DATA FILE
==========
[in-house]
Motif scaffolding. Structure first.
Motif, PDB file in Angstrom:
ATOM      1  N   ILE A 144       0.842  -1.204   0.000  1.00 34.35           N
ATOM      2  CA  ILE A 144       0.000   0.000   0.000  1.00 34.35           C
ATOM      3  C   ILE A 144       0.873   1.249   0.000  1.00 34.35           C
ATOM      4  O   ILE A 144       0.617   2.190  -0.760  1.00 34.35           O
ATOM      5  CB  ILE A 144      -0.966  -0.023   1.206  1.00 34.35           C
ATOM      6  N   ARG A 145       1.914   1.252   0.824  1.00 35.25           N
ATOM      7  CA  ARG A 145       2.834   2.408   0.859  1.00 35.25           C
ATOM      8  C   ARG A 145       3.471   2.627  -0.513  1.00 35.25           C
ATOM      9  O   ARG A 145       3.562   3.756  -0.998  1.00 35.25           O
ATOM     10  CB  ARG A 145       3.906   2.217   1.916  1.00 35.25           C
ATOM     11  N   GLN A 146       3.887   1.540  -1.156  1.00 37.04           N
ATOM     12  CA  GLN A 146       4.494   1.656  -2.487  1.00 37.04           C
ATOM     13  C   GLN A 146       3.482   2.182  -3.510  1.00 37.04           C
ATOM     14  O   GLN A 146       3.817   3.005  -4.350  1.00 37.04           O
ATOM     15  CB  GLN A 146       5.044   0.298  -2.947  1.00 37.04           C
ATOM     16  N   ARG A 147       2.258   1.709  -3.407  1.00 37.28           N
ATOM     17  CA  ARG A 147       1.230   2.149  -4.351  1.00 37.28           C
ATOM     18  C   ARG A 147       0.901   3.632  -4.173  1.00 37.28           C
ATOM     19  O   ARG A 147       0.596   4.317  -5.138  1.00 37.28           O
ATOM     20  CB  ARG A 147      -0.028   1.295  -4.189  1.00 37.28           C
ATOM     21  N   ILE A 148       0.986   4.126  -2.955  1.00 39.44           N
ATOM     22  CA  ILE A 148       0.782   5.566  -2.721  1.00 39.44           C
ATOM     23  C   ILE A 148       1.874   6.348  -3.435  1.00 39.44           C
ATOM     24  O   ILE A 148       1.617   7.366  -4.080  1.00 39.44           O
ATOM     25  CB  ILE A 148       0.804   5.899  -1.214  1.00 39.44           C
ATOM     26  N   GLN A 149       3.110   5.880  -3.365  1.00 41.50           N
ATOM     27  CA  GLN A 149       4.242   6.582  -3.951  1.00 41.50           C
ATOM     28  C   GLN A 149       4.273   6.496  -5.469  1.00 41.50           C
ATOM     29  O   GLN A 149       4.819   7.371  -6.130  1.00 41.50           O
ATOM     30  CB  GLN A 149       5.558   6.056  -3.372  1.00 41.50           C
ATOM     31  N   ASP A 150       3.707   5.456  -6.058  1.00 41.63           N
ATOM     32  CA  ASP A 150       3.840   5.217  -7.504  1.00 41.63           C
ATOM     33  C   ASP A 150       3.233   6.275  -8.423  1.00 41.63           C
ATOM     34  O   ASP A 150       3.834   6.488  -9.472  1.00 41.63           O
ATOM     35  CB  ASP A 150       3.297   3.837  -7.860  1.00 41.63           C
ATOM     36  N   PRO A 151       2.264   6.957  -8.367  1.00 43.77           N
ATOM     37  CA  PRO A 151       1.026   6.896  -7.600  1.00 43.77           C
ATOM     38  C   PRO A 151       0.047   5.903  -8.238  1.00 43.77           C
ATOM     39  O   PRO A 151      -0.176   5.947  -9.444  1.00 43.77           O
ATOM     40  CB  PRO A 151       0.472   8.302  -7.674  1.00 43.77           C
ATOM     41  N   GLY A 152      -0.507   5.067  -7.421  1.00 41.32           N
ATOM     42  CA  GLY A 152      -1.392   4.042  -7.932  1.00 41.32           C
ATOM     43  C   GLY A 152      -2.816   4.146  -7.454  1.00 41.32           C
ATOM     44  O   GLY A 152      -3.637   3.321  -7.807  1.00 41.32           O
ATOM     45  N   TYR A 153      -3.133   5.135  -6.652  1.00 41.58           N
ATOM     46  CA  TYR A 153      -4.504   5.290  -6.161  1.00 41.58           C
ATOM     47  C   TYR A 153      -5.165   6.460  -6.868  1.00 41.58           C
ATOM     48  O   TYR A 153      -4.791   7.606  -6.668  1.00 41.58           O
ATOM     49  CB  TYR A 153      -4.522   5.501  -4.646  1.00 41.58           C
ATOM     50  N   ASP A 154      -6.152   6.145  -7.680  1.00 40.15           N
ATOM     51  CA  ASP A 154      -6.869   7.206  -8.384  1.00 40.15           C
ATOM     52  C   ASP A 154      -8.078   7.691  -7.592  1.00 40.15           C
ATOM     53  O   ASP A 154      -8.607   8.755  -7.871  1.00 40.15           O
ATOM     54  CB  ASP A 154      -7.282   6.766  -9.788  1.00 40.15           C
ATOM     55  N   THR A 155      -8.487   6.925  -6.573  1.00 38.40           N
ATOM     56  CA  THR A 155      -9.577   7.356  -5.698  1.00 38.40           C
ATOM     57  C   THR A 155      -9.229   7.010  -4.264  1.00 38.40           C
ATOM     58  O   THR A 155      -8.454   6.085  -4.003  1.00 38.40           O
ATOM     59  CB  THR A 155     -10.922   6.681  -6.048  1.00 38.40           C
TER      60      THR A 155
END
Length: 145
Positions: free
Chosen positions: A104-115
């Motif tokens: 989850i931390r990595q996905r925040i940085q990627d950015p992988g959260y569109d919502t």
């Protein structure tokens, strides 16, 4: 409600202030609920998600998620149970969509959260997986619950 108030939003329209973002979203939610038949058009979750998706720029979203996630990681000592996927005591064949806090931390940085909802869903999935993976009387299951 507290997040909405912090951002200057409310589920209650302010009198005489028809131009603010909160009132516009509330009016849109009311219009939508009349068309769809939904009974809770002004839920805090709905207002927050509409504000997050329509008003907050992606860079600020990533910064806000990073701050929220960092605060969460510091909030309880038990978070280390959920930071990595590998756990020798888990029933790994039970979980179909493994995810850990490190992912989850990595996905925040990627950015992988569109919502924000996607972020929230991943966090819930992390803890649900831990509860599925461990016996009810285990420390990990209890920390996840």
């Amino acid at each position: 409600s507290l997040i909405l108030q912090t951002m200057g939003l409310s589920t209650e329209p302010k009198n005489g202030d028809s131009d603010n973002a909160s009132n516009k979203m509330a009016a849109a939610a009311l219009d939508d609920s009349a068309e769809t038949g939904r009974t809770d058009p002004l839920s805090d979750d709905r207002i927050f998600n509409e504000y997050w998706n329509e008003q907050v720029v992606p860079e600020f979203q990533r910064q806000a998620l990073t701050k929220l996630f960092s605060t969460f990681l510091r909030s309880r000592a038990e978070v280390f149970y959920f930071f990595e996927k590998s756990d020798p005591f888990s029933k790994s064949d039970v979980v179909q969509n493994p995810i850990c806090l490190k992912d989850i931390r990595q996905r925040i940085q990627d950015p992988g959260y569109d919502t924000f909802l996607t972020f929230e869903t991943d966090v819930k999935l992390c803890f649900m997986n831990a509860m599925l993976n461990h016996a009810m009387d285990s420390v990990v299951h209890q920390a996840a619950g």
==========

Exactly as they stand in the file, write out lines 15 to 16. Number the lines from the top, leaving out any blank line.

ATOM     12  CA  GLN A 146       4.494   1.656  -2.487  1.00 37.04           C
ATOM     13  C   GLN A 146       3.482   2.182  -3.510  1.00 37.04           C